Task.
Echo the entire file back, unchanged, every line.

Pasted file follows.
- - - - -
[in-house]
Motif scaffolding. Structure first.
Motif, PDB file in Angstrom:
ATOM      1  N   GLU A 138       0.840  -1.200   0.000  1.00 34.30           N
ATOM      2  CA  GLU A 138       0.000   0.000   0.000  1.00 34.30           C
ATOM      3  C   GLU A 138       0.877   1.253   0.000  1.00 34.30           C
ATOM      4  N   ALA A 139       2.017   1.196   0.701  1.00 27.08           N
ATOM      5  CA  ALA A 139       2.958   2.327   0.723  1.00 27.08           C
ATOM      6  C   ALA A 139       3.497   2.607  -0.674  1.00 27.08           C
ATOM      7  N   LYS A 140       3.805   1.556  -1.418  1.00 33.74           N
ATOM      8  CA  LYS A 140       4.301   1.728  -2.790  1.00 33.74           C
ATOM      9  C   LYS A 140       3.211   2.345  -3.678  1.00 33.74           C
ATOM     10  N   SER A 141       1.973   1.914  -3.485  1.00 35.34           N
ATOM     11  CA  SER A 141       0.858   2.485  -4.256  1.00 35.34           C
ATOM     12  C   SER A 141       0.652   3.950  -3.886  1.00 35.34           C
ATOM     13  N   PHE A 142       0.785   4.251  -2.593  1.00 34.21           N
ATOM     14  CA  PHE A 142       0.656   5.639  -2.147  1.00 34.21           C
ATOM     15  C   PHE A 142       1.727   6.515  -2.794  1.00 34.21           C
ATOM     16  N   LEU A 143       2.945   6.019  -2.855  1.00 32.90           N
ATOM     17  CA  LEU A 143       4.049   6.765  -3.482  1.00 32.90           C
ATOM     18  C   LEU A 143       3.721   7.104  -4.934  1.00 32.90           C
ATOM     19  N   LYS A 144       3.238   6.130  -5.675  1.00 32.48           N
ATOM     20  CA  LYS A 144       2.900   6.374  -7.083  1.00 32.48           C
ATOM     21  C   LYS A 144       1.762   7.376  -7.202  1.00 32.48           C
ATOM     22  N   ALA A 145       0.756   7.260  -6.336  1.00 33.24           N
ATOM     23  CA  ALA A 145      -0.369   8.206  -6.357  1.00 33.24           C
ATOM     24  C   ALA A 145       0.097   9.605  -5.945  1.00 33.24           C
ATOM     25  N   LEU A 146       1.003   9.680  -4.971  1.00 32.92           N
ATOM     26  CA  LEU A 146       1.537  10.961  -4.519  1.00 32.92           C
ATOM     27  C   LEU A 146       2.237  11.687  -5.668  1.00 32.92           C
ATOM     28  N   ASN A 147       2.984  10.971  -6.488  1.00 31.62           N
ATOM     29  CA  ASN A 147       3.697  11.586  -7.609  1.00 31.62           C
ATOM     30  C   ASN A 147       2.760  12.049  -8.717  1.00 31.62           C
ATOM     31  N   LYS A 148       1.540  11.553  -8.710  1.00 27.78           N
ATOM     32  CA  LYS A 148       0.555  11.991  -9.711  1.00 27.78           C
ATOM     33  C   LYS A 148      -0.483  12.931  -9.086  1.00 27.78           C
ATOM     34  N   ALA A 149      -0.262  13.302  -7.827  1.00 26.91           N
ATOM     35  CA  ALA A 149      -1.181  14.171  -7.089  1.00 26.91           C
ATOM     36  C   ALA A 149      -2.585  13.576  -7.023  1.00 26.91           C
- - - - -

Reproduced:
[in-house]
Motif scaffolding. Structure first.
Motif, PDB file in Angstrom:
ATOM      1  N   GLU A 138       0.840  -1.200   0.000  1.00 34.30           N
ATOM      2  CA  GLU A 138       0.000   0.000   0.000  1.00 34.30           C
ATOM      3  C   GLU A 138       0.877   1.253   0.000  1.00 34.30           C
ATOM      4  N   ALA A 139       2.017   1.196   0.701  1.00 27.08           N
ATOM      5  CA  ALA A 139       2.958   2.327   0.723  1.00 27.08           C
ATOM      6  C   ALA A 139       3.497   2.607  -0.674  1.00 27.08           C
ATOM      7  N   LYS A 140       3.805   1.556  -1.418  1.00 33.74           N
ATOM      8  CA  LYS A 140       4.301   1.728  -2.790  1.00 33.74           C
ATOM      9  C   LYS A 140       3.211   2.345  -3.678  1.00 33.74           C
ATOM     10  N   SER A 141       1.973   1.914  -3.485  1.00 35.34           N
ATOM     11  CA  SER A 141       0.858   2.485  -4.256  1.00 35.34           C
ATOM     12  C   SER A 141       0.652   3.950  -3.886  1.00 35.34           C
ATOM     13  N   PHE A 142       0.785   4.251  -2.593  1.00 34.21           N
ATOM     14  CA  PHE A 142       0.656   5.639  -2.147  1.00 34.21           C
ATOM     15  C   PHE A 142       1.727   6.515  -2.794  1.00 34.21           C
ATOM     16  N   LEU A 143       2.945   6.019  -2.855  1.00 32.90           N
ATOM     17  CA  LEU A 143       4.049   6.765  -3.482  1.00 32.90           C
ATOM     18  C   LEU A 143       3.721   7.104  -4.934  1.00 32.90           C
ATOM     19  N   LYS A 144       3.238   6.130  -5.675  1.00 32.48           N
ATOM     20  CA  LYS A 144       2.900   6.374  -7.083  1.00 32.48           C
ATOM     21  C   LYS A 144       1.762   7.376  -7.202  1.00 32.48           C
ATOM     22  N   ALA A 145       0.756   7.260  -6.336  1.00 33.24           N
ATOM     23  CA  ALA A 145      -0.369   8.206  -6.357  1.00 33.24           C
ATOM     24  C   ALA A 145       0.097   9.605  -5.945  1.00 33.24           C
ATOM     25  N   LEU A 146       1.003   9.680  -4.971  1.00 32.92           N
ATOM     26  CA  LEU A 146       1.537  10.961  -4.519  1.00 32.92           C
ATOM     27  C   LEU A 146       2.237  11.687  -5.668  1.00 32.92           C
ATOM     28  N   ASN A 147       2.984  10.971  -6.488  1.00 31.62           N
ATOM     29  CA  ASN A 147       3.697  11.586  -7.609  1.00 31.62           C
ATOM     30  C   ASN A 147       2.760  12.049  -8.717  1.00 31.62           C
ATOM     31  N   LYS A 148       1.540  11.553  -8.710  1.00 27.78           N
ATOM     32  CA  LYS A 148       0.555  11.991  -9.711  1.00 27.78           C
ATOM     33  C   LYS A 148      -0.483  12.931  -9.086  1.00 27.78           C
ATOM     34  N   ALA A 149      -0.262  13.302  -7.827  1.00 26.91           N
ATOM     35  CA  ALA A 149      -1.181  14.171  -7.089  1.00 26.91           C
ATOM     36  C   ALA A 149      -2.585  13.576  -7.023  1.00 26.91           C